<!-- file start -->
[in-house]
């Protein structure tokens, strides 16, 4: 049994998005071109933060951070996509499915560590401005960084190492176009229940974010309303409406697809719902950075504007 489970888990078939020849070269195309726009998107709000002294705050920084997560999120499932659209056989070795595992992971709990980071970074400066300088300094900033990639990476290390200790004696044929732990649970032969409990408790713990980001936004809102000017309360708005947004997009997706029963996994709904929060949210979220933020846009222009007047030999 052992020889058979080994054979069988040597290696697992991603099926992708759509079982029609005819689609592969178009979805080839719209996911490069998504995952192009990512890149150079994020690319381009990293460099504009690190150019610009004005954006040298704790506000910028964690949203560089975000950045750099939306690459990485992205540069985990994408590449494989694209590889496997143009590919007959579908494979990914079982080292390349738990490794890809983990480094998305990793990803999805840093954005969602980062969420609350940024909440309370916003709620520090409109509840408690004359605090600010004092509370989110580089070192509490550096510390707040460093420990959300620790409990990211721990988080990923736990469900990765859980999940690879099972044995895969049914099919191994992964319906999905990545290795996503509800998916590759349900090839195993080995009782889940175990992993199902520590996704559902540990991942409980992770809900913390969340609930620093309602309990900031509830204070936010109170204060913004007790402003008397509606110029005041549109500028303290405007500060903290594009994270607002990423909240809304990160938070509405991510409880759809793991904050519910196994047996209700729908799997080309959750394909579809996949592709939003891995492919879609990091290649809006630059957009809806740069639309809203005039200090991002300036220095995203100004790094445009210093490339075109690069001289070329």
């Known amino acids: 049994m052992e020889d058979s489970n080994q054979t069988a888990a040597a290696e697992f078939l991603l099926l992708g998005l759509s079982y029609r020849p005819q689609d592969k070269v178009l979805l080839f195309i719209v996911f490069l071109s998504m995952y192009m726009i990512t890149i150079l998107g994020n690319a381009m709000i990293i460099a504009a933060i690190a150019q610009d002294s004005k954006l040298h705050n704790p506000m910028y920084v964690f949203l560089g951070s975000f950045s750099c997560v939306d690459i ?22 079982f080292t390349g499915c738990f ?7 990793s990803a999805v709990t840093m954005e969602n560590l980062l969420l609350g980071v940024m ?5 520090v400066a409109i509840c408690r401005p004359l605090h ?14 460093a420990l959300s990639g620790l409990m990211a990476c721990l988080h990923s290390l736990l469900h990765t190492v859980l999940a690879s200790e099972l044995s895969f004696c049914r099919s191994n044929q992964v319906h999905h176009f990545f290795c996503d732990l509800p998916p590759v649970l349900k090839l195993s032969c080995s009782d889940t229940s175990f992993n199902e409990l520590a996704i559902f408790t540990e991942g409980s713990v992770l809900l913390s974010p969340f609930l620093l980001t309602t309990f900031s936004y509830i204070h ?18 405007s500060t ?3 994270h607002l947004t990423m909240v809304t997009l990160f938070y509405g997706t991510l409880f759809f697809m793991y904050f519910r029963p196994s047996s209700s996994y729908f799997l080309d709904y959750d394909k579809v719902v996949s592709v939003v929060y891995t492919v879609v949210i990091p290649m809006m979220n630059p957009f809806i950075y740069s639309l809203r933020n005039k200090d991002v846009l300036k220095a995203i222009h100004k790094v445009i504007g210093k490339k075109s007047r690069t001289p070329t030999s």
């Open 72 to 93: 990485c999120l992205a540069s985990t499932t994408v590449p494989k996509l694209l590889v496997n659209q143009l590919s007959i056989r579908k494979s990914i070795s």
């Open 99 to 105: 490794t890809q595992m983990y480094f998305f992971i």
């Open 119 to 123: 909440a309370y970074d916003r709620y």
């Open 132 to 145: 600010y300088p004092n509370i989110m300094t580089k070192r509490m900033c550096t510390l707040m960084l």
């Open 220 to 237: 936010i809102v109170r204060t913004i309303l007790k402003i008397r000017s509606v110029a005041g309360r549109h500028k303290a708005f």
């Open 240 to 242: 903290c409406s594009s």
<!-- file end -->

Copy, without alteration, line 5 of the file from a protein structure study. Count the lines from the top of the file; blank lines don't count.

């Open 99 to 105: 490794t890809q595992m983990y480094f998305f992971i």